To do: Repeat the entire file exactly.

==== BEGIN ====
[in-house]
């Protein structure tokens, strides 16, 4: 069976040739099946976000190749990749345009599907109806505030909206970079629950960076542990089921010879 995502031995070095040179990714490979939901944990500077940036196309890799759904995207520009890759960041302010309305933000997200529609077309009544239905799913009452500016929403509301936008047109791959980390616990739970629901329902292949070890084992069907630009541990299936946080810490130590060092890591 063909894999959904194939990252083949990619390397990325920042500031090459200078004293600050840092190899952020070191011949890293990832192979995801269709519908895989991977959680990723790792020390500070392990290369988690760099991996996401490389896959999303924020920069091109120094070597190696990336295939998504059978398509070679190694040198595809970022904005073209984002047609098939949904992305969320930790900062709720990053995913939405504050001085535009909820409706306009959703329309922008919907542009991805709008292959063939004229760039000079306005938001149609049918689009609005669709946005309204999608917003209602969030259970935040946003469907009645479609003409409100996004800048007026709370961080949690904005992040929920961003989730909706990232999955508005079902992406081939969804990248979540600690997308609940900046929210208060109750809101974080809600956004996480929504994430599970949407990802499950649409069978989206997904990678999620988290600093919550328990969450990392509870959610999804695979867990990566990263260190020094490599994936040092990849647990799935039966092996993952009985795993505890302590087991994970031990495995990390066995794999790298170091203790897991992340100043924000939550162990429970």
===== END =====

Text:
[in-house]
């Protein structure tokens, strides 16, 4: 069976040739099946976000190749990749345009599907109806505030909206970079629950960076542990089921010879 995502031995070095040179990714490979939901944990500077940036196309890799759904995207520009890759960041302010309305933000997200529609077309009544239905799913009452500016929403509301936008047109791959980390616990739970629901329902292949070890084992069907630009541990299936946080810490130590060092890591 063909894999959904194939990252083949990619390397990325920042500031090459200078004293600050840092190899952020070191011949890293990832192979995801269709519908895989991977959680990723790792020390500070392990290369988690760099991996996401490389896959999303924020920069091109120094070597190696990336295939998504059978398509070679190694040198595809970022904005073209984002047609098939949904992305969320930790900062709720990053995913939405504050001085535009909820409706306009959703329309922008919907542009991805709008292959063939004229760039000079306005938001149609049918689009609005669709946005309204999608917003209602969030259970935040946003469907009645479609003409409100996004800048007026709370961080949690904005992040929920961003989730909706990232999955508005079902992406081939969804990248979540600690997308609940900046929210208060109750809101974080809600956004996480929504994430599970949407990802499950649409069978989206997904990678999620988290600093919550328990969450990392509870959610999804695979867990990566990263260190020094490599994936040092990849647990799935039966092996993952009985795993505890302590087991994970031990495995990390066995794999790298170091203790897991992340100043924000939550162990429970």